Others believe that it is associated with parental imprinting; Studies have shown that people are more likely to be attracted to a partner that has an eye colour similar to their parent of the opposite sex (imprinting of parental eye colour).

By these constructs, blue eye colour which was originally rare within a population would rise in frequency with successive generations until its frequency was so high that it was no longer rare and therefore no longer advantageous in mate selection (marriage partner selection).

Recently, a social media report of Risiqot a blue-eyed woman of Yoruba ancestry (North Central Nigerian, West African, sub-Saharan African) spread like wildfire through the print and electronic media to the consciousness of Nigeria and the world.

While the rarity of her blue eyes drew attention to her, it was her social (rejection by her husband for her unusual eyes and production of two children with the same) and financial (inability to pay for her children’s education) plight that was speedily addressed by charitable well-wishers and benefactors across high and low strata of the social class ladder.

Seemingly, the question everyone was asking was “why should someone suffer such social injustice through no fault of theirs, after all, she didn’t choose her eye colour, it was gifted to her by the genes she inherited at birth! An empathetic response to Risiqot’s plight was helped by the masterstroke of public relations in the YouTube video reporting her story; perfectly lit medium to high-density video showed her brilliant blue eyes in contrast with her dark brown skin.

I can’t help wondering if her story would have reached and moved the world if she had a less attractive rare inherited trait. The same video showed Risiqot’s two daughters, both of whom had also inherited the rare trait.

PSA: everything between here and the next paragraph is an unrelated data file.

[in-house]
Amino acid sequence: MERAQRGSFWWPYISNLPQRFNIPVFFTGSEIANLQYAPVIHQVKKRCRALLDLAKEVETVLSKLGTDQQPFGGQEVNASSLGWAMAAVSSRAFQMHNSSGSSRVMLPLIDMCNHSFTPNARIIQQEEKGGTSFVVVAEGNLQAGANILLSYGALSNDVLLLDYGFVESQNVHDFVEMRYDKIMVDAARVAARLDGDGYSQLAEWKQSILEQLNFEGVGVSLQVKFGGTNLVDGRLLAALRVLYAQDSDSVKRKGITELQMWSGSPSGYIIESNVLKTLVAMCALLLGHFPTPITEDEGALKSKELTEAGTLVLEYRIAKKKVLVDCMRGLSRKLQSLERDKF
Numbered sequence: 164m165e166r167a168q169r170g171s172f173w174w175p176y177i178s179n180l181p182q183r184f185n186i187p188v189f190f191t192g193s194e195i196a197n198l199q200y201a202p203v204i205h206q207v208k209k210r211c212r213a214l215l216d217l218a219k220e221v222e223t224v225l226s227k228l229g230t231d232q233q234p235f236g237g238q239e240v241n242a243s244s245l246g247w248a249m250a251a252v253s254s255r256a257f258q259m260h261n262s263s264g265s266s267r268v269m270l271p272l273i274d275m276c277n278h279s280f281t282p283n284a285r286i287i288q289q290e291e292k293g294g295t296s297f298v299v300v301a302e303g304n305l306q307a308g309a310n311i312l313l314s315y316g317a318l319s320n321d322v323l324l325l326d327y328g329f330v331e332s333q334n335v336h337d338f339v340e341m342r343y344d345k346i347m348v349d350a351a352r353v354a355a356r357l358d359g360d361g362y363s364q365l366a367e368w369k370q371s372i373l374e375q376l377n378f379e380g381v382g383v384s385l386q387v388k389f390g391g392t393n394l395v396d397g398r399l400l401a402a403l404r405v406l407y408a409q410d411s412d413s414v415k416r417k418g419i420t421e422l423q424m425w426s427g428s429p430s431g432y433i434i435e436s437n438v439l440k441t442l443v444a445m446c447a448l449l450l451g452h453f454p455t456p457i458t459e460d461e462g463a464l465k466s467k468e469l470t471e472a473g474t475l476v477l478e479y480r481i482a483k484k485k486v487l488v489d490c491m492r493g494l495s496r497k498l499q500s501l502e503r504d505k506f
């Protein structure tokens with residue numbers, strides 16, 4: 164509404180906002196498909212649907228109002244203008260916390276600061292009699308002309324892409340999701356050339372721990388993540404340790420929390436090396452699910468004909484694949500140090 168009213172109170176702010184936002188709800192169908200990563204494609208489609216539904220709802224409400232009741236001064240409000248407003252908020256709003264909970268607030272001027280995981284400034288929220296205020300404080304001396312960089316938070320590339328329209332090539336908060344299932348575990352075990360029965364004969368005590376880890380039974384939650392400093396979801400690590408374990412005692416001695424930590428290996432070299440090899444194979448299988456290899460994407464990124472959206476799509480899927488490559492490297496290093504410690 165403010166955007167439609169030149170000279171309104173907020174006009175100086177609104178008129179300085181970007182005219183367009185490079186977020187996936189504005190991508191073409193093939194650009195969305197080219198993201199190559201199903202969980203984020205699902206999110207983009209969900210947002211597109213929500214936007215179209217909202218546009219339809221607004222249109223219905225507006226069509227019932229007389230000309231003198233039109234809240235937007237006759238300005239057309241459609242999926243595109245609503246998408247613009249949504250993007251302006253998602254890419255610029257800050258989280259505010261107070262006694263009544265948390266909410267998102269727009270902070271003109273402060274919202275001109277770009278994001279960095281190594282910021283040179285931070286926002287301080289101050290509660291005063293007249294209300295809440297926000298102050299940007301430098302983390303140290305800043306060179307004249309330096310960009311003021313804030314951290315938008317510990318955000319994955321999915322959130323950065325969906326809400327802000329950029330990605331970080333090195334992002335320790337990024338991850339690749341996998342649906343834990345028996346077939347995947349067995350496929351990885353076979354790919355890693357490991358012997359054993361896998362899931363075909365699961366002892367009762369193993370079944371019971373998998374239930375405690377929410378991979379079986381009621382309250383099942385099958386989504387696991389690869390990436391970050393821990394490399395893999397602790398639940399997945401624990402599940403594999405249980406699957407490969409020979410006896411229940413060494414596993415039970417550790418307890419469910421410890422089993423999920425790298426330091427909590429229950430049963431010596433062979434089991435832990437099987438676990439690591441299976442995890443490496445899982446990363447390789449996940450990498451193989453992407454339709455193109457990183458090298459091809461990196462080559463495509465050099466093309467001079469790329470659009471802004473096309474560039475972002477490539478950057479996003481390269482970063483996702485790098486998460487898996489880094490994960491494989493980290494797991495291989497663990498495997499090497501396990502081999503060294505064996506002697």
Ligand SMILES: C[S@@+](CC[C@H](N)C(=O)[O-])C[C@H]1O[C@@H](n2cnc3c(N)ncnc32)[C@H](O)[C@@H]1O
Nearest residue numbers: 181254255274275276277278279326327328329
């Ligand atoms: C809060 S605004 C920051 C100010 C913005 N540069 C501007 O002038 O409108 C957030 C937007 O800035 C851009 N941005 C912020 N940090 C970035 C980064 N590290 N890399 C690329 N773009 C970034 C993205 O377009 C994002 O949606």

To a geneticist, one who studies why we are the way we are, and why we as humans vary from person to person in the way we do, the discovery of Risiqot and her family is a dream come true.

The study of why she has blue eyes at the level of DNA will allow us to know how exactly it arose, whether it is unique or caused by the same mutation in other blue-eyed people across the world, what the current frequency of the causal gene variant in the population is, and whether it is likely to be associated with other appearance, health, and performance traits.

Such a study will also contribute to the knowledge of the mechanisms underlying human diversity at the molecular/DNA level.

What we know so far suggests that blue eyes in Risiqot and her daughters are the result of a DNA mutation inherited from either her father or mother. Because she claims to know of no history of blue eyes in her family or locale, it seems likely that the mutation responsible for her blue eyes is novel, and this makes her the Index or first case in which the blue-eyed trait was recorded/occurred in the local population.